Cotton farmers in Malawi have bemoaned poor prices being offered by buyers.
According to Cotton Farmers Association of Malawi President, George Nnesa, farmers are “demotivated” to grow cotton due to the poor prices which are below the minimum government set price of K375 per kilogram.
Nnesa added that farmers were reluctant to grow cotton in the 2015/16 agriculture season because of poor prices offered in the previous agriculture season.
The association president also said most farmers failed to pay back loans of cotton seeds and pesticides due to losses made in the last season.
Concurring with Nnesa, Cotton Ginners Africa Limited general manager Spencer Zinyemba said authorities need to step in to protect poor farmers who are offered low prices on the market.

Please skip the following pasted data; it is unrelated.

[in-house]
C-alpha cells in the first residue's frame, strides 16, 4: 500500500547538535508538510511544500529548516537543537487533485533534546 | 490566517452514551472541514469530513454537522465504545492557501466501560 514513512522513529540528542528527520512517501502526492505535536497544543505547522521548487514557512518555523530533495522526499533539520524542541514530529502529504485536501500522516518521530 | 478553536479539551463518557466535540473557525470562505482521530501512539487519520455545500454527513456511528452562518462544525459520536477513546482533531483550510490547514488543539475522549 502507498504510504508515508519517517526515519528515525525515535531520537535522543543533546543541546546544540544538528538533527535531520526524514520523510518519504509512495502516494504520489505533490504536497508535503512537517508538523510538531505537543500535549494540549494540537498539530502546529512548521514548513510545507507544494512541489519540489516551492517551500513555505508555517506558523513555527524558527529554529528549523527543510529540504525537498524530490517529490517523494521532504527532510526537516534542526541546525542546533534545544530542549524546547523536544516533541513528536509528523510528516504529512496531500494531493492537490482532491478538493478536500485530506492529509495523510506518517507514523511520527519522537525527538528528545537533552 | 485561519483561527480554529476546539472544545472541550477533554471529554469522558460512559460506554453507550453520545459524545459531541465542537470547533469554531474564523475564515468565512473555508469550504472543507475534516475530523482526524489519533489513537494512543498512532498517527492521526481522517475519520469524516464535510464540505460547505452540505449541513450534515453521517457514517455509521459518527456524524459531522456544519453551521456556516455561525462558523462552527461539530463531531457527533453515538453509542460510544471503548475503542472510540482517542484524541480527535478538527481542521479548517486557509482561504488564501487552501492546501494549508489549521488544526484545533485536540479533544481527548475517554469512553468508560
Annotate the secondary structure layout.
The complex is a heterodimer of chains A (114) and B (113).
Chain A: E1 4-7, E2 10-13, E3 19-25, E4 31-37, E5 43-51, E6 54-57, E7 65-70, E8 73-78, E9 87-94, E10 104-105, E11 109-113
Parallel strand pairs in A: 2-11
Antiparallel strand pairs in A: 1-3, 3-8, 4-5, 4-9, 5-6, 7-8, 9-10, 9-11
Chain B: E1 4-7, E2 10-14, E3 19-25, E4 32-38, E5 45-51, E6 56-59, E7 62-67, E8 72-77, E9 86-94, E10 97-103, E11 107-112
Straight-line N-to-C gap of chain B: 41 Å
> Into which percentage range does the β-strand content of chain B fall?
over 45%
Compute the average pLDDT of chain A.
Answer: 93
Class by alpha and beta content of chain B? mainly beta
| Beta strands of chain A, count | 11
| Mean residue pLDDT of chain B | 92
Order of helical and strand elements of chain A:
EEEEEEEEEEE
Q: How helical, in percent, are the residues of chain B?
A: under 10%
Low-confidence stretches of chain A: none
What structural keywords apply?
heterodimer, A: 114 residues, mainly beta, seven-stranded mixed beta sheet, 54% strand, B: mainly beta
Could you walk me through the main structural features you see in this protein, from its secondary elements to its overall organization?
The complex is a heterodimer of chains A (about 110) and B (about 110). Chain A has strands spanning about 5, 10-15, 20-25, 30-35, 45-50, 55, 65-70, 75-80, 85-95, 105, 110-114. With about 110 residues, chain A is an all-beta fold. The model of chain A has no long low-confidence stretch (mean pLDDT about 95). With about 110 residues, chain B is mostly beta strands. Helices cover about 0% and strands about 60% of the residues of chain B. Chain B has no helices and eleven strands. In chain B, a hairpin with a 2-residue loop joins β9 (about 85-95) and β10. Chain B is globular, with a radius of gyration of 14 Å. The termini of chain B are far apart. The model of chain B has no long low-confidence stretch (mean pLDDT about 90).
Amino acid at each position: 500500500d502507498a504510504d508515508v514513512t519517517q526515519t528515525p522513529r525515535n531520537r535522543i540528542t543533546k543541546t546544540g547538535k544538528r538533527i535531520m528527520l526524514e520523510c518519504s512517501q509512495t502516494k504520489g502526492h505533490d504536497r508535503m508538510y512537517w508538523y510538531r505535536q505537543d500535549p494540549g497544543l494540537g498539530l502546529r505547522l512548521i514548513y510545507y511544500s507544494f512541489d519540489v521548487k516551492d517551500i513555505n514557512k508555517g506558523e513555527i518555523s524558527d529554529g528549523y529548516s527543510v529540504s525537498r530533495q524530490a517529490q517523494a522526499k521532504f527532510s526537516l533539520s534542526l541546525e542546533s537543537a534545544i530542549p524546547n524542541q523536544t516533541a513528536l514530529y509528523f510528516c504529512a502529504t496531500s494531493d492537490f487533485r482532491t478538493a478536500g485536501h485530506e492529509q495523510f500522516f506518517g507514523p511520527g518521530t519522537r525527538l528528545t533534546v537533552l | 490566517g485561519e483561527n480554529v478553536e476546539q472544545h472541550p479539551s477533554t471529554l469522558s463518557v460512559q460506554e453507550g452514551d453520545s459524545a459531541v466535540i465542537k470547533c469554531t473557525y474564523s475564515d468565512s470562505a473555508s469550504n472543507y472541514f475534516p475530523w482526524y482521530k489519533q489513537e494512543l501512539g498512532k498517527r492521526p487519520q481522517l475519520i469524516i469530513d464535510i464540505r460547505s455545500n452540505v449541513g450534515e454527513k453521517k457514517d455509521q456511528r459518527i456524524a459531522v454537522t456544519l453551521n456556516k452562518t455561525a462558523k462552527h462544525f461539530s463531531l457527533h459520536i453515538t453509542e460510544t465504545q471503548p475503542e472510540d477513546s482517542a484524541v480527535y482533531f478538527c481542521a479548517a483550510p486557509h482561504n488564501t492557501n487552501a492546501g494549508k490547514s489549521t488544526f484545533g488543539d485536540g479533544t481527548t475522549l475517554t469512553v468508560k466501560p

Earlier this year, government introduced a minimum price of K375 per kilogram but buyers argued that it was too high.
With the economic potential to significantly change lives of the rural poor in Malawi, the cotton sector has conceivably been seen as a poverty panacea.
Unfortunately, cotton has been a troubled agricultural product for the country and a number of issues continue to impede its value in the market place.
Cotton is the fourth largest agricultural export in Malawi after tobacco, sugar and tea, engaging over 300,000 farming families. The sector also supplies crude and refined cotton oil and cotton cake to domestic markets for human and animal consumption respectively.